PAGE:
Days like these

November in southern Finland is not child’s play, particularly once we set the clocks back that one precious hour and live on ‘winter time’. The nights become unending and the sun — if it appears at all — shines less than brightly. Couple the darkness with a heavy dose of stress and finding any joy at all becomes excessively difficult if not impossible.

But joy can be found even in the darkest of places. At least, that’s the hope we hold on to even on those darkest of days. This week featured an array of stressors and frustrations. Don’t get me wrong: bright spots shone. Yet both of us acutely feel the effects of an entirely overly optimistic and far from restful year as we near our long-awaited and overdue holiday and annual escape to the sun.

Before our escape, we must take whatever opportunities arise to break free from the daily grind. It may be a fully working weekend for us both, but we work just as hard to find time to get out and break free for our peripatetic bonding session before night falls and the darker darkness of winter characteristic of these nights descends. We made our break sometime around 16.00.  And, here’s what we found on this wintry Caturday afternoon/early evening:

  • The street lights were on well before we made it halfway through our walk. We appreciated the light on our return journey home. But, it’s weird and eery to see them turn on well before 16.30 in the afternoon. A month from now, it will be fully dark at this time of day. And, that darkness is intensely black, standing in stark contrast to the dusk that pervades throughout what counts for summer nights. (Need I say, we prefer the darkness of summer.)
  • Despite needing multiple layers on our walk, as we approached the beach nearest our neighbourhood, a lone, brave swimmer made her way from the changing rooms to the pier and finally down into the icy waters. She wore a wool cap, gloves of some sort, slippers of some sort, a bathing suit and was wrapped in a towel. We shivered simply watching her as she submerged into the waters and swam from the pier. As she emerged after her swim, she confessed that the water ‘wasn’t so bad once you got used to it’. We both thought, ‘Better you than us, girlfriend!’ We prefer the warm bath water of the Caribbean, thank you very much.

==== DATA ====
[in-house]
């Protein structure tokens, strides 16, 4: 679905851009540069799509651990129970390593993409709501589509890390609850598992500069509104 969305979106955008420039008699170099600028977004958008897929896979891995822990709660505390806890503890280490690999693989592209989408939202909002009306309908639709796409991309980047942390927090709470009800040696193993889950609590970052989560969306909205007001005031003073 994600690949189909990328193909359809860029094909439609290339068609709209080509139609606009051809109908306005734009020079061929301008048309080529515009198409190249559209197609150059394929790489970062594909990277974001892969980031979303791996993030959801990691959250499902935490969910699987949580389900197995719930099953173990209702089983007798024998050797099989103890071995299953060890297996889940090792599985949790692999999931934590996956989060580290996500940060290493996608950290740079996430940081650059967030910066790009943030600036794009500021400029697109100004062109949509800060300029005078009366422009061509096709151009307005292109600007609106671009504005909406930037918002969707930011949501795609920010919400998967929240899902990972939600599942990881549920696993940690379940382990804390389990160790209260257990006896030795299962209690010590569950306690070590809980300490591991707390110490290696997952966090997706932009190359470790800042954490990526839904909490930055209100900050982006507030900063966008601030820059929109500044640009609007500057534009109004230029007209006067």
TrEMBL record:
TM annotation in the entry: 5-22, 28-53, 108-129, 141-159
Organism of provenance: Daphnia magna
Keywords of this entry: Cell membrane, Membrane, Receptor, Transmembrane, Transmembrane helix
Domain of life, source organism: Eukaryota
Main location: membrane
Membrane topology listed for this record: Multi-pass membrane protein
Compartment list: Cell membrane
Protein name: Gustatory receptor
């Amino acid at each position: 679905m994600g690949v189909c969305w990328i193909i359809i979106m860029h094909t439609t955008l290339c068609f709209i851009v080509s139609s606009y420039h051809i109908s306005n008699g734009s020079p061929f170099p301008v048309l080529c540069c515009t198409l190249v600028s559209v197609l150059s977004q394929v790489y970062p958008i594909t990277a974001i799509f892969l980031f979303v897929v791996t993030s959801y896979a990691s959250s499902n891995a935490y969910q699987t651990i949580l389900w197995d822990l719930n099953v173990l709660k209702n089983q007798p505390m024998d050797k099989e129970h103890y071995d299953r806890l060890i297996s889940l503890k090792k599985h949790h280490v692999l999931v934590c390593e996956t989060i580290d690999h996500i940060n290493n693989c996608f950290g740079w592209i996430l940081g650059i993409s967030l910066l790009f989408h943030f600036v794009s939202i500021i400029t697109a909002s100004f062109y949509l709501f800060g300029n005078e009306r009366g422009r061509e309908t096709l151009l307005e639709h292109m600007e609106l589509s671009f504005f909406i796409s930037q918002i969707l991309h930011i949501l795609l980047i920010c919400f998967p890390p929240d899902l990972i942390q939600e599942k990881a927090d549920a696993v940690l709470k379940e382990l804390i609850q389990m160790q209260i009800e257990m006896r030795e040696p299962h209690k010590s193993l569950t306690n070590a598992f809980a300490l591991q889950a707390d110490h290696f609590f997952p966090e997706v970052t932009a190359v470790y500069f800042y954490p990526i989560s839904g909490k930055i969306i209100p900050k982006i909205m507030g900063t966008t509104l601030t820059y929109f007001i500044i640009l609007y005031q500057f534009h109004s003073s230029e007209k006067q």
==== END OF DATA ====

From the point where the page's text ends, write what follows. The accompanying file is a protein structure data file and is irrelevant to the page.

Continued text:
• Despite living in Finland for 10 years now, we still don’t understand the weather here. We left under relatively cloudless skies. At least, it looked as though the clouds had moved on to elsewhere. As we stood watching the less-than-sane swimmer [our classification of her mental state, naturally], rather large and cold drops of rain plopped on our heads. Once again, we were stuck far from home without an umbrella.
  • Mosquitoes still survive even now. Surprisingly. As I typed this post, one lone little bugger landed on my hand.

Days like these, I’m happy to be alive.

(Re)orientation

This semester, this month, this week, stress abounds. (Largely, I’ve created this stress for and all by myself.)

As I hurried to deliver a seminar on a topic I felt less than prepared for, cursing the construction which put me a bit further behind schedule than I was comfortable with, I passed by one of the most iconic spots in Helsinki — Senate Square.

I pass this particular spot often when I teach / lecture at the main campus at the University of Helsinki. And, the view never fails to ground and reorient me beyond whatever nonsense surrounds me. This spot reminds me of how insanely fortunate I am to live this life. A life I never imagined possible and one for which I am extremely grateful.

And, just like that, nothing seemed quite so awful or stressful any longer.

Senate Sq.jpg

Bigger picture & wider lens

einstein-picture-full-uncropped

Arthur Sasse / AFP

Maybe it’s because I love the notion of the mad scientist. But, I love Einstein.

His brilliant mind aside, I love his wit and eccentricity, along with his passion for communicating science and his own work within it.

One of my favourite images of Einstein other than him sat in wacky dress donning furry slippers (naturally) features the not-so-mad scientist sticking his tongue out. I’ve had a version of that image for as long as I can remember, and it never fails to cheer me up and remind me to embrace the silliness whenever I can.

I decided to use the image for a talk I’m giving later today to women in STEM at the University of Helsinki. The talk itself is on communicating science. And, as I’ve been thinking about and formulating precisely what I want to say on communicating science vis-á-vis the dreaded conference presentation, that image of Einstein has popped up in my head over and over again.

When looking up images as I was preparing, I found a bit on the history of it, and love it even more now.

My original intention and own message for including it focused on simply ‘being yourself’ during presentations. When we attempt to assume someone else’s notion of what it means to be a researcher or scientist or instructor (in my case), we become disingenuous and lose credibility amongst our audiences. We aren’t actors, after all. And, we shouldn’t pretend to be.  We also lose the plot of our message as well. Rather than water down our own personalities and individualities, I say bring them to the forefront when presenting.

But, also, I think this image reminds us to have fun with our presentations, particularly when we care most about the messages we are communicating. Most of those with whom I work research incredibly interesting yet at times troubling or difficult topics. It’s hard work no doubt. But each of us are truly passionate about our work (I hope) and I’d like to think that we also have fun with it.

In addition and after reading the back story behind this image of Einstein and his tongue, to me the image now serves as a reminder to never assume that the audience will intuitively get the full picture of the story we’re attempting to tell. Unless, that is, we actually tell the story well.

Details matter. As does the bigger picture and wider lens.

Milestones and markers